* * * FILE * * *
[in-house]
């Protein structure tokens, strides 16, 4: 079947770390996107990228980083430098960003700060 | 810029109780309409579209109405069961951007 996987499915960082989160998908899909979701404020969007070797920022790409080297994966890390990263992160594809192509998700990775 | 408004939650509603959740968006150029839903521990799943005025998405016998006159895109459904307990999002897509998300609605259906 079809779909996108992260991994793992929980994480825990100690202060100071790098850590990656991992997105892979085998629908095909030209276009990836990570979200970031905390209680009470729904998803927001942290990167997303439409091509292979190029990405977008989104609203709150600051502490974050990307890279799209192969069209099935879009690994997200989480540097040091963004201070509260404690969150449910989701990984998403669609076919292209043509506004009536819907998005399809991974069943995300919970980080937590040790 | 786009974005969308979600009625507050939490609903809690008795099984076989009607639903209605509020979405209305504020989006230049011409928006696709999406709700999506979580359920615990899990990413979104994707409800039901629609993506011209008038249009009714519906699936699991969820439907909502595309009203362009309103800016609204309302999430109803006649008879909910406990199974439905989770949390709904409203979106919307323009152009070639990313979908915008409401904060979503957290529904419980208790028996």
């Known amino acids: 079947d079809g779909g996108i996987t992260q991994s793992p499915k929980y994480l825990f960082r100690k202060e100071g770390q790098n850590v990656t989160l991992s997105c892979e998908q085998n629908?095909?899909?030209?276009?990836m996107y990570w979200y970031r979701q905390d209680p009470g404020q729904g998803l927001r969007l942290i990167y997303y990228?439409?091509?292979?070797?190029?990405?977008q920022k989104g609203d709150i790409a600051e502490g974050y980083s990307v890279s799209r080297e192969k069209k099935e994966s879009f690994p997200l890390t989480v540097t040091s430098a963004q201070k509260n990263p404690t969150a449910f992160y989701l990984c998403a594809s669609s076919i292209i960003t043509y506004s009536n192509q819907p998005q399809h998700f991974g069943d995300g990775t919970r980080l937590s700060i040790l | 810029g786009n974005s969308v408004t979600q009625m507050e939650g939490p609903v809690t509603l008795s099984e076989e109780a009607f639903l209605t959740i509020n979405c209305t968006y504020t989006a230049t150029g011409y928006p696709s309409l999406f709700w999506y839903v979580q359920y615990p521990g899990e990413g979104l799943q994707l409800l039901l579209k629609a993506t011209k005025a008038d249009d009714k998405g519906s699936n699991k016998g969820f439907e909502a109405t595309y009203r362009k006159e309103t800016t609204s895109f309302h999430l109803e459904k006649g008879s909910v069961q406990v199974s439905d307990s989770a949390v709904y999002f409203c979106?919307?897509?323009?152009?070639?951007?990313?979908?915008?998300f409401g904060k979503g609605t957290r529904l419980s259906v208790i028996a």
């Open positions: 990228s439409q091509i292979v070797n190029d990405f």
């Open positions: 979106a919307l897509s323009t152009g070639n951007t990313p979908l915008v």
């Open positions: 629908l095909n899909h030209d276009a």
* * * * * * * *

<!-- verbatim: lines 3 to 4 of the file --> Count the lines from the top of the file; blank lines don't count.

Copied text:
């Known amino acids: 079947d079809g779909g996108i996987t992260q991994s793992p499915k929980y994480l825990f960082r100690k202060e100071g770390q790098n850590v990656t989160l991992s997105c892979e998908q085998n629908?095909?899909?030209?276009?990836m996107y990570w979200y970031r979701q905390d209680p009470g404020q729904g998803l927001r969007l942290i990167y997303y990228?439409?091509?292979?070797?190029?990405?977008q920022k989104g609203d709150i790409a600051e502490g974050y980083s990307v890279s799209r080297e192969k069209k099935e994966s879009f690994p997200l890390t989480v540097t040091s430098a963004q201070k509260n990263p404690t969150a449910f992160y989701l990984c998403a594809s669609s076919i292209i960003t043509y506004s009536n192509q819907p998005q399809h998700f991974g069943d995300g990775t919970r980080l937590s700060i040790l | 810029g786009n974005s969308v408004t979600q009625m507050e939650g939490p609903v809690t509603l008795s099984e076989e109780a009607f639903l209605t959740i509020n979405c209305t968006y504020t989006a230049t150029g011409y928006p696709s309409l999406f709700w999506y839903v979580q359920y615990p521990g899990e990413g979104l799943q994707l409800l039901l579209k629609a993506t011209k005025a008038d249009d009714k998405g519906s699936n699991k016998g969820f439907e909502a109405t595309y009203r362009k006159e309103t800016t609204s895109f309302h999430l109803e459904k006649g008879s909910v069961q406990v199974s439905d307990s989770a949390v709904y999002f409203c979106?919307?897509?323009?152009?070639?951007?990313?979908?915008?998300f409401g904060k979503g609605t957290r529904l419980s259906v208790i028996a």
């Open positions: 990228s439409q091509i292979v070797n190029d990405f």